The fraternity of West Coastice climbers rates the LakeTahoe area as a hidden gem offrozen waterfalls and icy cliffs.What may be an unimpressivetrickle of water over a precipice insummer can become an iceclimber's dream in winter. LakeTahoe native Mike Carville discussessome of Tahoe's mostpopular routes in his book "Climber'sGuide to Tahoe Rock," availableat most mountaineeringstores.
Lake Tahoe area
Cascade Falls: Located at the south end of Emerald Bay, the waterfall at the head of Cascade Lake is considered a good beginner's ice climb. The main falls are about 165 feet wide and 230 feet long. To get to the base of the falls, you must either rappel from the rim or climb 90 feet down on the right side of the falls.
Emerald Bay: Known for its reliable ice, Emerald Bay is one of the most popular ice-climbing spots at Tahoe. Since the highway is closed above the bay (as you come from the north on Highway 89), it's usually a short cross-country ski to the ice walls above the highway.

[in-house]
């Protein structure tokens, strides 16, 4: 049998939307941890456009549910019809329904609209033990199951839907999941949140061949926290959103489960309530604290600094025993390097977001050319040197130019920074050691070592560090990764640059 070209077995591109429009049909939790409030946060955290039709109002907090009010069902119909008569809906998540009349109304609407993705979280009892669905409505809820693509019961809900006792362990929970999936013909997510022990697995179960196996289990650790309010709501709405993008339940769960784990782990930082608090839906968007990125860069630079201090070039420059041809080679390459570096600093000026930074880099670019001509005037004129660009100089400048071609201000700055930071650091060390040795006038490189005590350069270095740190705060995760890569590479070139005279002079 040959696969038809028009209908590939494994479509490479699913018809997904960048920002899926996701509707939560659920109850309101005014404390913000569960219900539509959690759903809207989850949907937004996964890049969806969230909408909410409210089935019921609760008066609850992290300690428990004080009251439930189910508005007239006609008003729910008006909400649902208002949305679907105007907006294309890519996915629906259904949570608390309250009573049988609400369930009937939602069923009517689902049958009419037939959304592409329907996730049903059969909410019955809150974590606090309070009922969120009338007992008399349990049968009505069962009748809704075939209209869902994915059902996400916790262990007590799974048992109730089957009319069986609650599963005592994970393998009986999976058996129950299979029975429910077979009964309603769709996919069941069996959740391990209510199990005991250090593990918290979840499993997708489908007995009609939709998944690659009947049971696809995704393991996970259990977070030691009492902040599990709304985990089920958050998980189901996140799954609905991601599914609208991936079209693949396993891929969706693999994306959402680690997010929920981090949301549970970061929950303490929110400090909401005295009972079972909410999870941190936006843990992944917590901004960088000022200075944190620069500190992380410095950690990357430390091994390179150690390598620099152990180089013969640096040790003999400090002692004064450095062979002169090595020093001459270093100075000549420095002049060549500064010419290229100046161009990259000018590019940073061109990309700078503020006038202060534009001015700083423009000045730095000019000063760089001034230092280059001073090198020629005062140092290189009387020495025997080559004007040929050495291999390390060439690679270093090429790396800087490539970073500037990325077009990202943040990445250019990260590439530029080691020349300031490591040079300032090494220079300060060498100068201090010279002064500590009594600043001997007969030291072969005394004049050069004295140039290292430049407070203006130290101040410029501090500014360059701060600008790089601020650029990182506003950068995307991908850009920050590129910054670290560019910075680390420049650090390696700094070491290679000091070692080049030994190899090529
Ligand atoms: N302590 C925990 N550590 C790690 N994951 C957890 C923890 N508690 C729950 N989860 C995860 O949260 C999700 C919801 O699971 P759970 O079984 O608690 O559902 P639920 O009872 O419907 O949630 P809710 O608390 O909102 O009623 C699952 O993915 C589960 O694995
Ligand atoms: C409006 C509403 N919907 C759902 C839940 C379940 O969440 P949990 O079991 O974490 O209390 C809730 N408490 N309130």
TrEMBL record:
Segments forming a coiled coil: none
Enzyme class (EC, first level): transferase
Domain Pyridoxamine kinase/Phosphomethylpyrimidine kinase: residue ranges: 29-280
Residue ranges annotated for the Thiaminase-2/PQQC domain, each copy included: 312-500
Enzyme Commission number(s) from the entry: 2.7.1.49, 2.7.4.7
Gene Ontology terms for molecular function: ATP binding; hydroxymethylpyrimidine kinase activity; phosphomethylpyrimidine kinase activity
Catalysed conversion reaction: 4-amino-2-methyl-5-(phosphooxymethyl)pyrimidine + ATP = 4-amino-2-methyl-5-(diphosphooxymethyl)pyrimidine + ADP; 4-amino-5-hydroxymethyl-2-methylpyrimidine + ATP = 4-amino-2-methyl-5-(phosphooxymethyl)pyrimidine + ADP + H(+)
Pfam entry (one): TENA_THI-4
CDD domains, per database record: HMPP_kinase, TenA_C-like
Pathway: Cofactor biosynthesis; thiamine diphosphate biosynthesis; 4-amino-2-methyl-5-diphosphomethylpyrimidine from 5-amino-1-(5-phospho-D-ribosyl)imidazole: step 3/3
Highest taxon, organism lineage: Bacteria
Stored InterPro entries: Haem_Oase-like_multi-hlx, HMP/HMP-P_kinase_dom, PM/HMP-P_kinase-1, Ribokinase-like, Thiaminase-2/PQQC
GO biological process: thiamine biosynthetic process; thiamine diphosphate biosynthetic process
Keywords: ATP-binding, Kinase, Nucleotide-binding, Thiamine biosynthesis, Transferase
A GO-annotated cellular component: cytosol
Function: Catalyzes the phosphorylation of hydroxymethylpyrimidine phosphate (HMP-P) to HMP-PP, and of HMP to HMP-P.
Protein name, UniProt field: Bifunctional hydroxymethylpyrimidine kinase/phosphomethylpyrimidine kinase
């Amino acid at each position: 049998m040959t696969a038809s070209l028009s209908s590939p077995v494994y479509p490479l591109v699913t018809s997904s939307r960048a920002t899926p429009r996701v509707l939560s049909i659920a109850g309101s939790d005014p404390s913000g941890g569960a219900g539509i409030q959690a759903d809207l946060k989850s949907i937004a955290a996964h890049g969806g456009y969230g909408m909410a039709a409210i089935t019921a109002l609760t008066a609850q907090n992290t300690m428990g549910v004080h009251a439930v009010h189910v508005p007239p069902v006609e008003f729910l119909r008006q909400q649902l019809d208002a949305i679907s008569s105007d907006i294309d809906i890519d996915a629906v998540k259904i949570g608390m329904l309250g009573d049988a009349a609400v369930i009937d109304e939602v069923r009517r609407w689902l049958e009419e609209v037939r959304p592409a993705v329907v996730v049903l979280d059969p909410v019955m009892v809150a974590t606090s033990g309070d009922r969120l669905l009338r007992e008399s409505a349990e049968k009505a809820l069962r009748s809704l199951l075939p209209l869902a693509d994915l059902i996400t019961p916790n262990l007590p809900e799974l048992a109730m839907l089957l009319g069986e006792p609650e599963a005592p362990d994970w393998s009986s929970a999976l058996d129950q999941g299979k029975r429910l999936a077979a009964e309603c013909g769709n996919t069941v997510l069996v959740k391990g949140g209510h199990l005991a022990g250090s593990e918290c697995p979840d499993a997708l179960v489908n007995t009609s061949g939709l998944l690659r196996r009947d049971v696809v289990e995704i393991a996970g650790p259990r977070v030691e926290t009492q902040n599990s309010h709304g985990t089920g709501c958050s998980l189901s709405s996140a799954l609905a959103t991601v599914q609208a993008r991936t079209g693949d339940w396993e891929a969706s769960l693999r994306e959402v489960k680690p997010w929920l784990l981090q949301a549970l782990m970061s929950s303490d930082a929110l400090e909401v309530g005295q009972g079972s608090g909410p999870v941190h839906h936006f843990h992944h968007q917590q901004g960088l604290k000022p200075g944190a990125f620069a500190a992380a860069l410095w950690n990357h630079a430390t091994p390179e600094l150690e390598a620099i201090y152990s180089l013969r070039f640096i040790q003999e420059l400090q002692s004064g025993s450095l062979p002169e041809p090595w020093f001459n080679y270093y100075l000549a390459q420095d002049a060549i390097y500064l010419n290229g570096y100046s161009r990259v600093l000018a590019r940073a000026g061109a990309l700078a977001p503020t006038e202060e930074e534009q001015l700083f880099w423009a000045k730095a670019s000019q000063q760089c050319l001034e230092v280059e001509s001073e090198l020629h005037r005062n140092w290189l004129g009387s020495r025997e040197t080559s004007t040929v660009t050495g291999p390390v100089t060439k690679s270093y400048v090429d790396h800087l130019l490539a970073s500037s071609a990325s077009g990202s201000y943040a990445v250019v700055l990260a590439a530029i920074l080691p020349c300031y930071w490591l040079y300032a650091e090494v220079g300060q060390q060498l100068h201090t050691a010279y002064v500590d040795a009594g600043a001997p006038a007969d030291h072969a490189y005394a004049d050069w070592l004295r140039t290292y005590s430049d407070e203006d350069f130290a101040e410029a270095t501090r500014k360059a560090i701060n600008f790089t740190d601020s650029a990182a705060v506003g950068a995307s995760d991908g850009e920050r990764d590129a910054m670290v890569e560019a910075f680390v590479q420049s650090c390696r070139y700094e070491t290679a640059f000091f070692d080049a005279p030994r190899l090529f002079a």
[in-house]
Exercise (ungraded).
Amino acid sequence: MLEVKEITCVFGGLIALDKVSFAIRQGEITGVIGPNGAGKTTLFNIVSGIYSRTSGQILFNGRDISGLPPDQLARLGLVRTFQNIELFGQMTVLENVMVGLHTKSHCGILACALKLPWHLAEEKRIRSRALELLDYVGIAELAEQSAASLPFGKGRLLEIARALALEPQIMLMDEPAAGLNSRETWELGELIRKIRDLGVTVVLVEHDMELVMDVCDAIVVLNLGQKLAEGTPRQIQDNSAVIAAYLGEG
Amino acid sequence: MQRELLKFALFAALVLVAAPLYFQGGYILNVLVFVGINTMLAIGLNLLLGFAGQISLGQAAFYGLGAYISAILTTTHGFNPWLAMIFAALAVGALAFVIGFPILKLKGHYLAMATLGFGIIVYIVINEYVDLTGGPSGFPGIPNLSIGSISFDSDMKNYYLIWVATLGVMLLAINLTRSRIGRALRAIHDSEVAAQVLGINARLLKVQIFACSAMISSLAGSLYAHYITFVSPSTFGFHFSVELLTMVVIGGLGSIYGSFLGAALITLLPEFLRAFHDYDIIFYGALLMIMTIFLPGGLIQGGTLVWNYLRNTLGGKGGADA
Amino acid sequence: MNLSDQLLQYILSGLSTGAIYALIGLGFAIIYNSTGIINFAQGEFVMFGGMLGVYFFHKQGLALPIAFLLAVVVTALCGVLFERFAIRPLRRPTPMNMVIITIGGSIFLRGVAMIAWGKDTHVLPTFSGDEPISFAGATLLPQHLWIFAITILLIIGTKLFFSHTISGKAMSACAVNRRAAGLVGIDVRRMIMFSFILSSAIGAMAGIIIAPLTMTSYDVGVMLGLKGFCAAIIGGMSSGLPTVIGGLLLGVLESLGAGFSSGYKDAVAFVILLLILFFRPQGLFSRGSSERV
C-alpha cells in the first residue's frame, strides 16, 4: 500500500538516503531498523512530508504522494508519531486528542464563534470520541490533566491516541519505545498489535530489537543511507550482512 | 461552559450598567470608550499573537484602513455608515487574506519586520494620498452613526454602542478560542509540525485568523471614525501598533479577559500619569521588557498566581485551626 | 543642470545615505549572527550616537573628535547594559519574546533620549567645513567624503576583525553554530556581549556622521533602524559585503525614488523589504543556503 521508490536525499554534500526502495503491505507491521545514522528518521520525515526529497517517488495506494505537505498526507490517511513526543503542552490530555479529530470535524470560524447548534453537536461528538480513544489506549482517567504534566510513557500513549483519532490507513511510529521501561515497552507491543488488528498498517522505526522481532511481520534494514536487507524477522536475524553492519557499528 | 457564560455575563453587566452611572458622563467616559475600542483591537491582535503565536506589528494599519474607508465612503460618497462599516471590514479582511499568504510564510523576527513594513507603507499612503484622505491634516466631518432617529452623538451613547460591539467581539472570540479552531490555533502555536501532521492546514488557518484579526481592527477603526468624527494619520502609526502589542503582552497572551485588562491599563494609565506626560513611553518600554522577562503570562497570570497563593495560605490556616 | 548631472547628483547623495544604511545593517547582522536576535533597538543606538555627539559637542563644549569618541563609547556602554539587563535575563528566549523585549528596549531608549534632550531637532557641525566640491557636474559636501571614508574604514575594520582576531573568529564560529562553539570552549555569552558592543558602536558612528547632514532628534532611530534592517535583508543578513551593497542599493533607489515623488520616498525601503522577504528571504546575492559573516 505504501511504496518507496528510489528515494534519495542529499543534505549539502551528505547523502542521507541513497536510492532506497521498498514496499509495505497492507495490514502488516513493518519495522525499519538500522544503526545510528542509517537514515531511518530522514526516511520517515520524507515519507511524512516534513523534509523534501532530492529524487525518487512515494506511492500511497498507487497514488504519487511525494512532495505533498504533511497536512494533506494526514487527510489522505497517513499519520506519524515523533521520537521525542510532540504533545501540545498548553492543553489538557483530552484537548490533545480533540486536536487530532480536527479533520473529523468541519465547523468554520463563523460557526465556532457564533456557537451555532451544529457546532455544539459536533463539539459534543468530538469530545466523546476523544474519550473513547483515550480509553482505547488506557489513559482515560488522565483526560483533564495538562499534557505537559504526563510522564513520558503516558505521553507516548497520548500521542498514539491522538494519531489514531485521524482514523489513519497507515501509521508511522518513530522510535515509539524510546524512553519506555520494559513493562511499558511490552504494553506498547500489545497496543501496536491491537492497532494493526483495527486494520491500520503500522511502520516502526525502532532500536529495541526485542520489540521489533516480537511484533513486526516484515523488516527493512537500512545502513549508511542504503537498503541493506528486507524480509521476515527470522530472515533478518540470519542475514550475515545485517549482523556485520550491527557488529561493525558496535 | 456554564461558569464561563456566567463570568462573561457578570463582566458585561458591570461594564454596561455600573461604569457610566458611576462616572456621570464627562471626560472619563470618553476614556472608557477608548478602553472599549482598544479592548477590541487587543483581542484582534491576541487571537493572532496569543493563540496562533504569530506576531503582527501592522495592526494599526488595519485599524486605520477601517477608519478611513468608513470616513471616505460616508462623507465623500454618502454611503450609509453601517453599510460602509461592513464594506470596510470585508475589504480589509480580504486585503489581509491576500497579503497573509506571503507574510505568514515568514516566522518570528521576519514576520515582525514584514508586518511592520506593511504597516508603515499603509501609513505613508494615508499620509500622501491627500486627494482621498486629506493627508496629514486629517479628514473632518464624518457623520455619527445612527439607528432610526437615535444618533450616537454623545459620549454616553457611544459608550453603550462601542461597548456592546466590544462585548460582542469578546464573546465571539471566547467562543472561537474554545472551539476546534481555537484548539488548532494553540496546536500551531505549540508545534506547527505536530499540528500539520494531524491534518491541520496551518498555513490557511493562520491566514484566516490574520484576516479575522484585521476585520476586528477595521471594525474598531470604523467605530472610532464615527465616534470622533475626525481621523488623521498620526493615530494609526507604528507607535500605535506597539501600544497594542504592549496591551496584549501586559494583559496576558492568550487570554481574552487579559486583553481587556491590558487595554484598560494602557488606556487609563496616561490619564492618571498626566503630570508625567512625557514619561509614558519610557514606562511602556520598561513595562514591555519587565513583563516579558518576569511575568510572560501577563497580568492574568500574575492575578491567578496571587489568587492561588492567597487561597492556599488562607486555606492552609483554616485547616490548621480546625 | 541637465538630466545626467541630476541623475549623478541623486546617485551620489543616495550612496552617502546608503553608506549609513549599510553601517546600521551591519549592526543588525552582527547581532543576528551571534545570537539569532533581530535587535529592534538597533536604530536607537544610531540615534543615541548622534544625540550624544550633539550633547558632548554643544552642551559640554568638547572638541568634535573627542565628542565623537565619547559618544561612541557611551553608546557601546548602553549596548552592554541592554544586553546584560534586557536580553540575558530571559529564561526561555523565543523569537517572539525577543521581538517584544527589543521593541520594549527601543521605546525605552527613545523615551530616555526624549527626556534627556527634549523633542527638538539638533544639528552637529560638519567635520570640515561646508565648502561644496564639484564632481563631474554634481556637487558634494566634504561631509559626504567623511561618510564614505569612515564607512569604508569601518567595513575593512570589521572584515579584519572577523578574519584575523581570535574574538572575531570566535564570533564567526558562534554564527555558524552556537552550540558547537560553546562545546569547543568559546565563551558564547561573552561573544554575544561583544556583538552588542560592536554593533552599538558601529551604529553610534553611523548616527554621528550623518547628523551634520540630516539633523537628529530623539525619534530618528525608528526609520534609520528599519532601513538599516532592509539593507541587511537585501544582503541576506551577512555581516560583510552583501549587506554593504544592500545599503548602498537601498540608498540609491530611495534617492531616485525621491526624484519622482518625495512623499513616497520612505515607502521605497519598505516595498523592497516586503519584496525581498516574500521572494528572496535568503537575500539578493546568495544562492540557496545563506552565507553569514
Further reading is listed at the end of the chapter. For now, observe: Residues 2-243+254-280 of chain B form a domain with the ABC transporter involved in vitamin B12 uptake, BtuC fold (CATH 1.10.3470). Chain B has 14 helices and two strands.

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Eagle Creek Canyon: This canyon, a popular summer hiking area above Emerald Bay, gives life to a "delicate curtain" of icicles called The Devil's Coat Tails. The north side of Maggie's Peak, toward the end of the canyon and above Eagle Lake, offers some of the most demanding ice climbing in the area.
Mono County (east of Yosemite)
June Lake: Offers three areas: Powerhouse Wall, Tatums and Horsetail Falls. The area gets more sun than other ice-climbing spots and the ice tends to disappear quickly with warming temperatures.
Lee Vining Canyon: This box canyon offers everything from frozen waterfalls near Tioga Road to the longer approaches and walls of ice 200 feet high. Some routes remain frozen all winter. A few of the routes require an hourlong approach.
- Robert Frohlich